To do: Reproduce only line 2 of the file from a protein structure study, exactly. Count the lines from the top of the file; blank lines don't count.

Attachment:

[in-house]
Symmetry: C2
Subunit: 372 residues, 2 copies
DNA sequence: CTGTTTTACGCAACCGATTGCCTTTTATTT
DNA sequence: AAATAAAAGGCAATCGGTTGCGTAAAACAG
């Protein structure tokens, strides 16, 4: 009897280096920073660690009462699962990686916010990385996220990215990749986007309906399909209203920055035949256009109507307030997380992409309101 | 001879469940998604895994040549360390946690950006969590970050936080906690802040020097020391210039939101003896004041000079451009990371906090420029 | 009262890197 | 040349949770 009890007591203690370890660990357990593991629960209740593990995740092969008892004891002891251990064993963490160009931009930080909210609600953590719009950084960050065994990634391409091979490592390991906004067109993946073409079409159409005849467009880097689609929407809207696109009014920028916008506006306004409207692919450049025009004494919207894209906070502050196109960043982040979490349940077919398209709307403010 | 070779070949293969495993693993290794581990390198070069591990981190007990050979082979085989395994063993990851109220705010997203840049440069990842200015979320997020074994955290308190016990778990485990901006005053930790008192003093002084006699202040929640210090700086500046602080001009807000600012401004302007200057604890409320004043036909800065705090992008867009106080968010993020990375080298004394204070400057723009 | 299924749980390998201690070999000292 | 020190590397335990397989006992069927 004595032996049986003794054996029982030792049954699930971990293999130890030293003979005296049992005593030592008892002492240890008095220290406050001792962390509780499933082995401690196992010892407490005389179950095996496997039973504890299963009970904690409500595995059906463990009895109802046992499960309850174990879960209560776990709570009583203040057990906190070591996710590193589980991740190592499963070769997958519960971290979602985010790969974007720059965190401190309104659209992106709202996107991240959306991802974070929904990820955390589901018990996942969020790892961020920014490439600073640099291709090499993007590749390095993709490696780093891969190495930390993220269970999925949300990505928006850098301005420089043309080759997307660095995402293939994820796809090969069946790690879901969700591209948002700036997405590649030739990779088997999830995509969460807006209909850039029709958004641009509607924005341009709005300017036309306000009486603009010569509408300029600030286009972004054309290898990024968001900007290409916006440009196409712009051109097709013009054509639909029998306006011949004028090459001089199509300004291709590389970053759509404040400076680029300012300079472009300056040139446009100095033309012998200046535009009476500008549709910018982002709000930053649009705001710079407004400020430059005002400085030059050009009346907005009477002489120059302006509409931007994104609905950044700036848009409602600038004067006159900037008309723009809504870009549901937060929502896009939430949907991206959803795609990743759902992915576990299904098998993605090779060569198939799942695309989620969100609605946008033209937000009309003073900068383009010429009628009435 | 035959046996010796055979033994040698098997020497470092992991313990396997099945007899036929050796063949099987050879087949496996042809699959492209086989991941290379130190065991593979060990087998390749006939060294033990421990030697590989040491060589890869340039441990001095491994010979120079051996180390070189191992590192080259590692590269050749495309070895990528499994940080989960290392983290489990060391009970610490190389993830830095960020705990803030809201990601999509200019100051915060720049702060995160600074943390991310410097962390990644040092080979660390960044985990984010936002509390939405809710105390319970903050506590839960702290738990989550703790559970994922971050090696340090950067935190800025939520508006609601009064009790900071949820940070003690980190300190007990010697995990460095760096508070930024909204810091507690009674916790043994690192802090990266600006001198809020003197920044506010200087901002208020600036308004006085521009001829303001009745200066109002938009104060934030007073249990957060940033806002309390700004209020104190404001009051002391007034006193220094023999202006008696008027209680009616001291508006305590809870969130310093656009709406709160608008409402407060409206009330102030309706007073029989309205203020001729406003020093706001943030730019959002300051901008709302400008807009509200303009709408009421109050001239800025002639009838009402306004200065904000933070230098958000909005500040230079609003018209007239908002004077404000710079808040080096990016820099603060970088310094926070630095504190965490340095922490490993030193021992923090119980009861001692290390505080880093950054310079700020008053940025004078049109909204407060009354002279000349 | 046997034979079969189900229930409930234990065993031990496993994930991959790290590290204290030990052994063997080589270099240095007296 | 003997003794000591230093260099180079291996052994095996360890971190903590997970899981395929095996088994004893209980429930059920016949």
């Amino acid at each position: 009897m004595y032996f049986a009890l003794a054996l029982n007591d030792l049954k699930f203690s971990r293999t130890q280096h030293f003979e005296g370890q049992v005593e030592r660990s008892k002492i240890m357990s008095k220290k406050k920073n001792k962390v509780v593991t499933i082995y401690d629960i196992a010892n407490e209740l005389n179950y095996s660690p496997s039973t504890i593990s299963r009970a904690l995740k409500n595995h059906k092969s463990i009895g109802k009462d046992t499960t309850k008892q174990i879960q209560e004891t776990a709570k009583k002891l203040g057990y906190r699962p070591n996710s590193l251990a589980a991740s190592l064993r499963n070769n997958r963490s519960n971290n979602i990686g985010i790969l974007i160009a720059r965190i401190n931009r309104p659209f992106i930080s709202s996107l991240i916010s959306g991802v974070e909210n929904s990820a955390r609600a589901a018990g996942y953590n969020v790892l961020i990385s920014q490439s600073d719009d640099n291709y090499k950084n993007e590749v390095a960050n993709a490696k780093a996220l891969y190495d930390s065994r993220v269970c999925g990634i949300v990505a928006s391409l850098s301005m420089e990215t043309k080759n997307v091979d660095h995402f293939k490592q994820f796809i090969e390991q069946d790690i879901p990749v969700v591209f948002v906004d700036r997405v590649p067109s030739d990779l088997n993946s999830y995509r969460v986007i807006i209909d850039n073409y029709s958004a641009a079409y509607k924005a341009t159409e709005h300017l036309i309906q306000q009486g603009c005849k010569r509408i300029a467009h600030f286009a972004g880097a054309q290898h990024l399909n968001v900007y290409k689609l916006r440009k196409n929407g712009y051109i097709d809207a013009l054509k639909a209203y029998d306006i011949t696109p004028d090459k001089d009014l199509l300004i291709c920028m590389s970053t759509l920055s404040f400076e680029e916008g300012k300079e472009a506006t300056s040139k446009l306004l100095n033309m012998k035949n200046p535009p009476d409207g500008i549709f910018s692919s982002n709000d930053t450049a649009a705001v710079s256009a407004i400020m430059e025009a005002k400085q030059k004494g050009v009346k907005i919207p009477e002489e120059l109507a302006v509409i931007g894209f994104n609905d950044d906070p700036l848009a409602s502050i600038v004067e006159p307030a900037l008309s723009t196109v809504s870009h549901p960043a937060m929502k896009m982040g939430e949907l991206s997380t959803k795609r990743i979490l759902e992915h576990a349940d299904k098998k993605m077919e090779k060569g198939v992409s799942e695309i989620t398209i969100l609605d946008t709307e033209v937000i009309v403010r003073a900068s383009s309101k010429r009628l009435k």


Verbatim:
Symmetry: C2